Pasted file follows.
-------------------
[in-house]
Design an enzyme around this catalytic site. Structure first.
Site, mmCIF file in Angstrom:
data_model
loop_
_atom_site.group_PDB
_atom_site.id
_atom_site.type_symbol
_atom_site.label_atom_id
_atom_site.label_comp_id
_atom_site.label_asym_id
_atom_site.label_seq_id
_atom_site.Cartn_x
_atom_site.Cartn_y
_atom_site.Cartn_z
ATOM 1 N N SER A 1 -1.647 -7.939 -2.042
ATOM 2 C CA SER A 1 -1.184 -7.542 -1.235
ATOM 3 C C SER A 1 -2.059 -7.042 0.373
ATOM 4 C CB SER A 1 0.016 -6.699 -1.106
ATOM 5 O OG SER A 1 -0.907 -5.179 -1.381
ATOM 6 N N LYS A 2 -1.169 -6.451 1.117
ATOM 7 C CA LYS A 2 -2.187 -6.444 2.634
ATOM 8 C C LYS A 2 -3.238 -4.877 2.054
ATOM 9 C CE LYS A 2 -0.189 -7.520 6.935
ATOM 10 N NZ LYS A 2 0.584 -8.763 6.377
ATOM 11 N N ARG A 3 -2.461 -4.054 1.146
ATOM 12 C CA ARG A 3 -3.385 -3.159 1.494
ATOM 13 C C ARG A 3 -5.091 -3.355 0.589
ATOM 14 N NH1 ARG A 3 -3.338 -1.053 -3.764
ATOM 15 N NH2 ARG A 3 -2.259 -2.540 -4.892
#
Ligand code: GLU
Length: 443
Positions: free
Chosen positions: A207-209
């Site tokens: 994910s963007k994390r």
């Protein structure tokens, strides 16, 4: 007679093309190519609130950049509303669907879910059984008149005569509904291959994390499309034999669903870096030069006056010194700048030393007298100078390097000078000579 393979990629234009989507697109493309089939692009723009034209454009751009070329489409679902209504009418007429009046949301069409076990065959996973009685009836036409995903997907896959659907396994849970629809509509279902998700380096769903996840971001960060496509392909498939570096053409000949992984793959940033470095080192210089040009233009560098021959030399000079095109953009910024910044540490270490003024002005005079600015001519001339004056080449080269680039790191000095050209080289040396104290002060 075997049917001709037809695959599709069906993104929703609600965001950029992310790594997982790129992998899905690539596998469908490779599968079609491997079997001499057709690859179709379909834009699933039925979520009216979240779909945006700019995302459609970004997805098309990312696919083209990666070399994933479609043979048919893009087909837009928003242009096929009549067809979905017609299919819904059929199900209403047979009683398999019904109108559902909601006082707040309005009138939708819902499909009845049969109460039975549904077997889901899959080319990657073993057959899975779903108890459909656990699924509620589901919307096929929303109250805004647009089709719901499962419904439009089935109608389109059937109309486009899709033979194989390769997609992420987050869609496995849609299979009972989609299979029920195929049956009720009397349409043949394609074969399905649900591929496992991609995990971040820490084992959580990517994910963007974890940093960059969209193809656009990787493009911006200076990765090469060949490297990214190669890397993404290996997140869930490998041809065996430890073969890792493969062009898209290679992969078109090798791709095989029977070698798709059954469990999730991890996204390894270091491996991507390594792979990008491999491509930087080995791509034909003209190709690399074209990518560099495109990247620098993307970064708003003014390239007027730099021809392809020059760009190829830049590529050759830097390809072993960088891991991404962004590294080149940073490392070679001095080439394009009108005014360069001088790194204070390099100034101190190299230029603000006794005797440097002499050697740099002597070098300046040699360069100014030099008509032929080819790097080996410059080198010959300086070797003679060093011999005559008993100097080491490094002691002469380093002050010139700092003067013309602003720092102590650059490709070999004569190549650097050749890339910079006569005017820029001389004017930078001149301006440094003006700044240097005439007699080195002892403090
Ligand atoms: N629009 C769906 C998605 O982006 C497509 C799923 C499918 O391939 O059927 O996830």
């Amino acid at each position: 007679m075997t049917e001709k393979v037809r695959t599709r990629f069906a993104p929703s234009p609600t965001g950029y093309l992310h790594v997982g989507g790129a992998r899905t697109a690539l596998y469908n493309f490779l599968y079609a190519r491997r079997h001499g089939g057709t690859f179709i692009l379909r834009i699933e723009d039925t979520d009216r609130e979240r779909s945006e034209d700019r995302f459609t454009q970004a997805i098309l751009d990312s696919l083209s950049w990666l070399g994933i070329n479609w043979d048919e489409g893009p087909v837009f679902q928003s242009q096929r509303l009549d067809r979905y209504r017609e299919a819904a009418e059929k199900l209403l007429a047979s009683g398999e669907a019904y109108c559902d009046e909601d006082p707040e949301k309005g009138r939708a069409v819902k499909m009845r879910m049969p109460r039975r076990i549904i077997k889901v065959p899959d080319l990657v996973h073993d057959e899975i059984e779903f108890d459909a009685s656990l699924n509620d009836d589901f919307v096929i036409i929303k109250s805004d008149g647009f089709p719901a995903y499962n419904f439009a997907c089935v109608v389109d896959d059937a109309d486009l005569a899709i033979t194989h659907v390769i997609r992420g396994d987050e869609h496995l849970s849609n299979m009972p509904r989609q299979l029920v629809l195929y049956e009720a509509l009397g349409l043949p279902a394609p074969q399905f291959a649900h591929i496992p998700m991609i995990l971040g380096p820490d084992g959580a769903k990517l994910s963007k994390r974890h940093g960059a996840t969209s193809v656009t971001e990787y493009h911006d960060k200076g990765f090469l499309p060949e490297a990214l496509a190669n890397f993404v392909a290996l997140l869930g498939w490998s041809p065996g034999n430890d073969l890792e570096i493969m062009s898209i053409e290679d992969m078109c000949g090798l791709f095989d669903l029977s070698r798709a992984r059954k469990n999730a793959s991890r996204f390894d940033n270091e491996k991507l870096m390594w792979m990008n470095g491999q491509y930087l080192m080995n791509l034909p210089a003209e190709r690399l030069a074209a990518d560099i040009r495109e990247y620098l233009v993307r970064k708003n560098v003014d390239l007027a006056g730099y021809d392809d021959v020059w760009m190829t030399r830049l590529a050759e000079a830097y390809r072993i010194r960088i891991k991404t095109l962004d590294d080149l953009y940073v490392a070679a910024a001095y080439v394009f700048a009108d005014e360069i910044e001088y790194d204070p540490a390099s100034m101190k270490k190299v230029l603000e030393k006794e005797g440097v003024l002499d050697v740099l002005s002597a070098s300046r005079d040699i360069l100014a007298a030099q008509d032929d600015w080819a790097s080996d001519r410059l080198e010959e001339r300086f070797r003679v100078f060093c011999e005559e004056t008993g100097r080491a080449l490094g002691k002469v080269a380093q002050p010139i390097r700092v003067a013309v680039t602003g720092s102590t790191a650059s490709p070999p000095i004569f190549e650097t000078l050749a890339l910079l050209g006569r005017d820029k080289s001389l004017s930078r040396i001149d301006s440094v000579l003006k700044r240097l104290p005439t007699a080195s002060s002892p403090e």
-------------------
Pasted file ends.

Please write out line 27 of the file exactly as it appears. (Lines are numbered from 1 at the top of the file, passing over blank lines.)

ATOM 12 C CA ARG A 3 -3.385 -3.159 1.494